Myeloma Australia’s Medical and Scientific Advisory Group (MSAG) presents the article of the week.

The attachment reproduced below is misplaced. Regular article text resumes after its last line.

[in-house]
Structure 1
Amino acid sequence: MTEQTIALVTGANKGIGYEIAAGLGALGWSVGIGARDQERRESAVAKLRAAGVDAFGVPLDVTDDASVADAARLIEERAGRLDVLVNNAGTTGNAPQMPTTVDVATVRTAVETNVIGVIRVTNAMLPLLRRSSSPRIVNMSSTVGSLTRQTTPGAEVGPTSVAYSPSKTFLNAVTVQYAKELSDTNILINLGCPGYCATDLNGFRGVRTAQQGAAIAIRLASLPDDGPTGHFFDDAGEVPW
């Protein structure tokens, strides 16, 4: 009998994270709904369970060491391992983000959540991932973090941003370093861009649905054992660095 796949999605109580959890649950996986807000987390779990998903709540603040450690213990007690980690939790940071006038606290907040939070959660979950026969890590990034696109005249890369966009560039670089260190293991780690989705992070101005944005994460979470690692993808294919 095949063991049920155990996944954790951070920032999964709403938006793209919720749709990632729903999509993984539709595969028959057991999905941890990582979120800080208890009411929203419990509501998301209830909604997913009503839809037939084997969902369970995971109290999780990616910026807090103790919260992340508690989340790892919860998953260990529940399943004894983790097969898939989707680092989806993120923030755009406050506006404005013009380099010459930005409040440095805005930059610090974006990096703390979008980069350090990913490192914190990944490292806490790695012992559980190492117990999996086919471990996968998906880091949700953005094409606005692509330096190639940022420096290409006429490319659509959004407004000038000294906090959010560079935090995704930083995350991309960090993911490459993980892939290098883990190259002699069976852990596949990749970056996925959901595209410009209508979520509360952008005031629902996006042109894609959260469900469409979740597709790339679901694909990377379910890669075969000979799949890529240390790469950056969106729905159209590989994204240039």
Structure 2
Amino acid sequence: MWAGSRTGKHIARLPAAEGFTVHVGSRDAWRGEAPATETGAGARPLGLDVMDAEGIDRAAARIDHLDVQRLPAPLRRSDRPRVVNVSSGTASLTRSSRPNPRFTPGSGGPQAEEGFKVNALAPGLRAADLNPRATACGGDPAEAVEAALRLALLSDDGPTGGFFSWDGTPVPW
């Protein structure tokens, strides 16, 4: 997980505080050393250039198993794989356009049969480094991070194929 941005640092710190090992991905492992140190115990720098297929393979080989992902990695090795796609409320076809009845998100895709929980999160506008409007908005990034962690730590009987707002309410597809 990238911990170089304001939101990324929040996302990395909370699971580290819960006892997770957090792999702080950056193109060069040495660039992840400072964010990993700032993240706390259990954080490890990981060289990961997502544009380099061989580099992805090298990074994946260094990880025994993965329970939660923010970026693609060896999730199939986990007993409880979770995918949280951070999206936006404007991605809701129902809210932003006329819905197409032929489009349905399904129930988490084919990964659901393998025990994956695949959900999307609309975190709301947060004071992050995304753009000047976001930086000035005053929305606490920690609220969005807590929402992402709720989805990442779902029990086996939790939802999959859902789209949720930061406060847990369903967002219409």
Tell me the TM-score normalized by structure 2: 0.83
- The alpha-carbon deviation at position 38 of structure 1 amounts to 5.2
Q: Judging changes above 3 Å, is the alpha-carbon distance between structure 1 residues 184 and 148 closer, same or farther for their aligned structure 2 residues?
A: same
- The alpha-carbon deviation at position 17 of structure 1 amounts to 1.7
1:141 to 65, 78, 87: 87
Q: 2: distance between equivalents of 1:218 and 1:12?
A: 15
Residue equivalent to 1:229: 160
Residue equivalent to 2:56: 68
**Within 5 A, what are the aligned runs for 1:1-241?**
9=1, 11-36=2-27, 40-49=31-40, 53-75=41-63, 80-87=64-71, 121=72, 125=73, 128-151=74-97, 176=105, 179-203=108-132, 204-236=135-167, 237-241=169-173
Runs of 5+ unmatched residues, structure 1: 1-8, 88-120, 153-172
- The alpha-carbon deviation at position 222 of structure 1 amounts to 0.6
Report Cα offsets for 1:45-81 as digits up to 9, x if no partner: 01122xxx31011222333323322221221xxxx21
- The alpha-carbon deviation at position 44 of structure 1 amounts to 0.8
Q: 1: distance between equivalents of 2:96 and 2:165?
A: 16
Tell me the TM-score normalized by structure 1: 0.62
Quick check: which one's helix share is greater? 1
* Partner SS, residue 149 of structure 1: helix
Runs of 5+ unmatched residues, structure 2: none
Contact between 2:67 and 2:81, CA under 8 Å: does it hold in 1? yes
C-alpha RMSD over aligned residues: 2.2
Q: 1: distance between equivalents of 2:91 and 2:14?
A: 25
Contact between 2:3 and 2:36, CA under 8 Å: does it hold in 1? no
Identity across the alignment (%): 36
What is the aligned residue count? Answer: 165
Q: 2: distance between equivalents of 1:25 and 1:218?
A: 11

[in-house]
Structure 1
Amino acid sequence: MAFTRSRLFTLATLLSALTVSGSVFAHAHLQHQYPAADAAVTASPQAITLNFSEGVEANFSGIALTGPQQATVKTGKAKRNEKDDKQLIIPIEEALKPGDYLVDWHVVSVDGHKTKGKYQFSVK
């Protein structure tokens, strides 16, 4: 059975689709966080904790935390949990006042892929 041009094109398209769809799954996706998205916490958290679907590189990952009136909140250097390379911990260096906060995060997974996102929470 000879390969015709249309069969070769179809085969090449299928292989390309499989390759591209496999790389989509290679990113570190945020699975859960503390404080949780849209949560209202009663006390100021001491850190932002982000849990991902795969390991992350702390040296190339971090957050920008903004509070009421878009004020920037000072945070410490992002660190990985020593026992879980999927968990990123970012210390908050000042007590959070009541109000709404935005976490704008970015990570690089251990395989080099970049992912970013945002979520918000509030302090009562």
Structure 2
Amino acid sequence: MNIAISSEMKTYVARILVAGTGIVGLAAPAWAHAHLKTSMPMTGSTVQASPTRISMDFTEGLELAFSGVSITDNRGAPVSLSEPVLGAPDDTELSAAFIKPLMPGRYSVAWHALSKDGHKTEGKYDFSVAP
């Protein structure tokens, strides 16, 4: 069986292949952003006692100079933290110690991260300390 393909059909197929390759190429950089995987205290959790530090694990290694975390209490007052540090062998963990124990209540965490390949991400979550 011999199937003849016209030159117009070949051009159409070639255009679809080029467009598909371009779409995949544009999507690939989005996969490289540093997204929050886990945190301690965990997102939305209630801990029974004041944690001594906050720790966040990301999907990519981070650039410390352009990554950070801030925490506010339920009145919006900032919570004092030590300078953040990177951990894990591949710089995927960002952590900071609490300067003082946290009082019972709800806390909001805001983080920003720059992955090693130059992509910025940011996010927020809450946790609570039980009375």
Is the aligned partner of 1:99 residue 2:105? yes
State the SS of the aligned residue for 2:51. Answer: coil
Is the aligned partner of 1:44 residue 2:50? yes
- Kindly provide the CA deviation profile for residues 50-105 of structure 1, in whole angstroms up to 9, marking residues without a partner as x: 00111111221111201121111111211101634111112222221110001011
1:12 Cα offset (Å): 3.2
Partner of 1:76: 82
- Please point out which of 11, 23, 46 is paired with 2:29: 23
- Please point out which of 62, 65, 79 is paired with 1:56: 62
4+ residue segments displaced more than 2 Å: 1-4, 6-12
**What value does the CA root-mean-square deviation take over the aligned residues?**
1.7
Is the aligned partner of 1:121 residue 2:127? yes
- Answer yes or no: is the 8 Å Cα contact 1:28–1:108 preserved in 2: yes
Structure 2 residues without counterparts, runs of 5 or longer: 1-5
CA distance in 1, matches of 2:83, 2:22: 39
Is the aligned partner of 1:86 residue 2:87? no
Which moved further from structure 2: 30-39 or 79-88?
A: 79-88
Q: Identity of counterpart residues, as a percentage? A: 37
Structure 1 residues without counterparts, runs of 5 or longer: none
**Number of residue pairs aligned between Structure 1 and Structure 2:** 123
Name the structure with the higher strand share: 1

Lenalidomide, bortezomib, and dexamethasone (RVd) followed by autologous stem cell transplantation (ASCT) is standard frontline therapy for transplant-eligible patients with newly diagnosed multiple myeloma (NDMM). This study evaluated addition of daratumumab (D) to RVd in ASCTeligible NDMM patients. Patients (N=207) were randomized 1:1 to receive RVd ±D induction (4 cycles), ASCT, RVd ±D consolidation (2 cycles), and lenalidomide ±D maintenance (26 cycles). At the primary endpoint analysis, the stringent complete response (sCR) rate by the end of post-ASCT consolidation favored D-RVd over RVd (42.4% vs 32.0%; odds ratio, 1.57; 95% confidence interval [CI], 0.87-2.82; 1-sided P=0.068) and met the prespecified 1-sided alpha of 0.10. With longer follow-up (median, 22.1 months), responses continued to deepen; rates of sCR improved for D-RVd versus RVd (62.6% vs 45.4%; P=0.0177), as did rates of minimal residual disease negativity (10−5 threshold) in the intent-to-treat population (51.0% vs 20.4%; P<0.0001). Four (3.8%) and 7 (6.8%) patients in the D-RVd and RVd groups progressed, respectively, and 24-month progression-free survival rates were 95.8% (D-RVd) and 89.8% (RVd). Grade 3/4 hematologic adverse events were more common with D-RVd. More infections occurred with D-RVd, but rates of grade 3/4 infections were similar. Median CD34+ cell yield was 8.2×106/kg for D-RVd and 9.4×106/kg for RVd, although plerixafor use was more common in the D-RVd arm. There was no difference in median times to neutrophil or platelet engraftment. In summary, daratumumab with RVd induction and consolidation improved depth of response in patients with transplant-eligible NDMM, with no new safety concerns.